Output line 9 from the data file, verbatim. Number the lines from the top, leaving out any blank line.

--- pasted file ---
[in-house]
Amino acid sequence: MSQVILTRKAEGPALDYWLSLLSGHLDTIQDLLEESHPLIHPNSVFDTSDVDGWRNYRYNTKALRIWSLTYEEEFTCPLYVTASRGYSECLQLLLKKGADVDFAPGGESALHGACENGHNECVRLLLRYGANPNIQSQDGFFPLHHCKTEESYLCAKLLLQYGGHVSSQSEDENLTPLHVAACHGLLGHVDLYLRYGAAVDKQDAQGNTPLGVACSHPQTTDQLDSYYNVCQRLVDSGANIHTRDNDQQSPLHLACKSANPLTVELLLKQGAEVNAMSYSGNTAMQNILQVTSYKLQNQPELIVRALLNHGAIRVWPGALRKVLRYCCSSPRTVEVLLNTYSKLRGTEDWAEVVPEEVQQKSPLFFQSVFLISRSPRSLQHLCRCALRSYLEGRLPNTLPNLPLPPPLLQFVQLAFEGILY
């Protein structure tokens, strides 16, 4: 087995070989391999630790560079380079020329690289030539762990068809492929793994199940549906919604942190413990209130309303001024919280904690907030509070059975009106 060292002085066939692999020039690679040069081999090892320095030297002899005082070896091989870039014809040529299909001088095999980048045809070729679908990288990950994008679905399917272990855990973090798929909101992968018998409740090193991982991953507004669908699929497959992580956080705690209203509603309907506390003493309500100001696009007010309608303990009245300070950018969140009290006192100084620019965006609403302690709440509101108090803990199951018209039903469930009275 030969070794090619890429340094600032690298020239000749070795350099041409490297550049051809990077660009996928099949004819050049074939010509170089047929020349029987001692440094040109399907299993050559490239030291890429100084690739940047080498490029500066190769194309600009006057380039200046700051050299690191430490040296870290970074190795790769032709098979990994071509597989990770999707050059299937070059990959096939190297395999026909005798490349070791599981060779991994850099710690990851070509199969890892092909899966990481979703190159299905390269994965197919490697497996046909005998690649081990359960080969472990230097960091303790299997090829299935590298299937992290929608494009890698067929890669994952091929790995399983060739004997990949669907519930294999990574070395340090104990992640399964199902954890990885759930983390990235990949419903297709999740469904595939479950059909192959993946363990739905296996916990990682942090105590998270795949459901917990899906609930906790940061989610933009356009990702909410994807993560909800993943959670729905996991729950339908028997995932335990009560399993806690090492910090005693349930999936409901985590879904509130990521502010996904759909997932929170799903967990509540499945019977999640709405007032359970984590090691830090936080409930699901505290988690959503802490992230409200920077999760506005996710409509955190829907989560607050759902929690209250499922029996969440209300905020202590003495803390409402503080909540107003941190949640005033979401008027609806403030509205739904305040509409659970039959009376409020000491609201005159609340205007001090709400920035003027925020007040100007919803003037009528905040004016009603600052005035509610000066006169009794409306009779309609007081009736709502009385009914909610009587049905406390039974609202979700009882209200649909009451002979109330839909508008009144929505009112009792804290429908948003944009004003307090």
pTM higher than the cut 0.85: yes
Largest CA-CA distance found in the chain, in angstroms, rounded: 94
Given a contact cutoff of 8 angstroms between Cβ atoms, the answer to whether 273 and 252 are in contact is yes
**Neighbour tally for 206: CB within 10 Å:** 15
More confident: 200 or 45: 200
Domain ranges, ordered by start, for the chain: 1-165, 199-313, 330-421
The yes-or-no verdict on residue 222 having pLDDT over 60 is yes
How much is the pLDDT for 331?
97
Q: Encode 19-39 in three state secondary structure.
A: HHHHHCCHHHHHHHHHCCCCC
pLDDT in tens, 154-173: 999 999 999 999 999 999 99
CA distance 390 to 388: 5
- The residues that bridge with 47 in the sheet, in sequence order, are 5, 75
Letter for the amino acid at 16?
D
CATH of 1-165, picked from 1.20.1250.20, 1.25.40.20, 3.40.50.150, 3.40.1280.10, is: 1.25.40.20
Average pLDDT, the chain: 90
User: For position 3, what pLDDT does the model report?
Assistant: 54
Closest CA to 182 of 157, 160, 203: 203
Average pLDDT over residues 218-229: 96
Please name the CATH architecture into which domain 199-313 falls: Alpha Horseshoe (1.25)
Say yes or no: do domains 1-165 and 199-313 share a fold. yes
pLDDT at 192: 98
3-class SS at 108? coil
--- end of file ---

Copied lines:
Domain ranges, ordered by start, for the chain: 1-165, 199-313, 330-421